One of the most secretive large mammals on Earth, the pygmy hippo is rarely seen in the wild but was caught on camera in the west African country's only national park, Sapo, by a team led by the Zoological Society of London (ZSL).
The hippo, which looks like a smaller version of the common hippopotamus, had been identified by ZSL's Evolutionarily Distinct and Globally Endangered (Edge) programme as being in need of urgent conservation, prompting the trip to Liberia.
There are thought to be less than 3,000 of the mammals remaining in the wild in Sierra Leone, Ivory Coast, Guinea and Liberia and there are serious concerns about its survival due to habitat destruction and poaching.
But "camera traps" set up by ZSL, Flora and Fauna International (FFI) and Liberia's Forest Development Agency in a monitoring expedition funded by the People's Trust for Endangered Species captured the elusive pygmy hippo on film within three days.
The cameras will remain in place as part of a monitoring programme to produce an accurate population estimate and a conservation plan, the researchers said.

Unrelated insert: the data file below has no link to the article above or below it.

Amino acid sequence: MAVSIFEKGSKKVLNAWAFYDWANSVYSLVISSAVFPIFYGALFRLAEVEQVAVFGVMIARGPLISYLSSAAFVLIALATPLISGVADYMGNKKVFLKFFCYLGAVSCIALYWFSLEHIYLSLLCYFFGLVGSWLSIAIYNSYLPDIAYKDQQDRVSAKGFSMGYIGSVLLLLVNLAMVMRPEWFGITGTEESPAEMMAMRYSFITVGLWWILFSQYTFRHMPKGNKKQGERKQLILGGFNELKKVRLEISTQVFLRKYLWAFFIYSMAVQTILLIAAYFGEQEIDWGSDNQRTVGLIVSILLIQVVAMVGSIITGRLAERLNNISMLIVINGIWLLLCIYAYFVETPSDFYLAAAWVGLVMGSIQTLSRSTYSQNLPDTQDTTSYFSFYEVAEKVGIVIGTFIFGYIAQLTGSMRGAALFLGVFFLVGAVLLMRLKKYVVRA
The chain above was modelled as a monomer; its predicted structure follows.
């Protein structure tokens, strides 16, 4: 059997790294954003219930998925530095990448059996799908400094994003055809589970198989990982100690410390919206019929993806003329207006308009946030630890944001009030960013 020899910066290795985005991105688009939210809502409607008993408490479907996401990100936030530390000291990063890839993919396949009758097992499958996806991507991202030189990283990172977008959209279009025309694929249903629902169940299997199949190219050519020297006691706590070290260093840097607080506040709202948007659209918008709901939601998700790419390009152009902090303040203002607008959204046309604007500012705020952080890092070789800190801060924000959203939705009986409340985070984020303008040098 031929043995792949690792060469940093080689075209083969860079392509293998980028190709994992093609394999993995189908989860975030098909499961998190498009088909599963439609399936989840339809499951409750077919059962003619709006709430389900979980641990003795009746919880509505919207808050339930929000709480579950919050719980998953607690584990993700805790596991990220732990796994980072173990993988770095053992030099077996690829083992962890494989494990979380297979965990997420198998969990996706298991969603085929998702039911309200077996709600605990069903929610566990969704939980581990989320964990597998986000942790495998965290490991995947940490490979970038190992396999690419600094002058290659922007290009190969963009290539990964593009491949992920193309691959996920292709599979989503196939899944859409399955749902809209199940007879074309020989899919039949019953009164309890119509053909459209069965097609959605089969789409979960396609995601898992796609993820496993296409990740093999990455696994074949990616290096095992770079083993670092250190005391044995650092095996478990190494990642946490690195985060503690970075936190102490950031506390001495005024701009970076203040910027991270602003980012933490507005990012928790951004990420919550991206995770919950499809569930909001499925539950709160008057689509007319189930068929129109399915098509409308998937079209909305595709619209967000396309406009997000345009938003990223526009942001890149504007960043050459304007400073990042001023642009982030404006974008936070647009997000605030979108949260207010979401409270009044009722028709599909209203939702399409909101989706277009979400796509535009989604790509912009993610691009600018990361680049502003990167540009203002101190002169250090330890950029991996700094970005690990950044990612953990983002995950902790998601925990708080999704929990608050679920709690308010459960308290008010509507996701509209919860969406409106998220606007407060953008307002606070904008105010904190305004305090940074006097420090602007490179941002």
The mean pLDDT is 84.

Ben Collen, ZSL research fellow said the team had headed to Liberia, which had suffered two civil wars in the last two decades, to search for the "extraordinary, mysterious creature".
"We were delighted to discover that a population still persists there, but remain highly concerned for the species, which continues to face significant threats from poaching and habitat degradation," he said.
FFI senior projects manager Africa Stephen van der Mark said: "Liberia's Upper Guinean forest ecosystem, where the pygmy hippo was photographed, is a major global conservation priority.
"Though unsustainable forestry and mining operations were especially devastating during the civil wars, they still pose a significant threat today.
"Only 10 per cent of the original Upper Guinean forest is left, of which Liberia contains about 40 per cent.
"This new sighting gives us hope that, with a concerted effort, we can still protect the area's remaining biodiversity including the charismatic pygmy hippo," he said.
Liberia's Forestry Development Authority's managing director John T Woods said he had been "pessimistic" about the existence of the pygmy hippo at Sapo, but the photos confirmed the richness of biodiversity in the Liberian forest.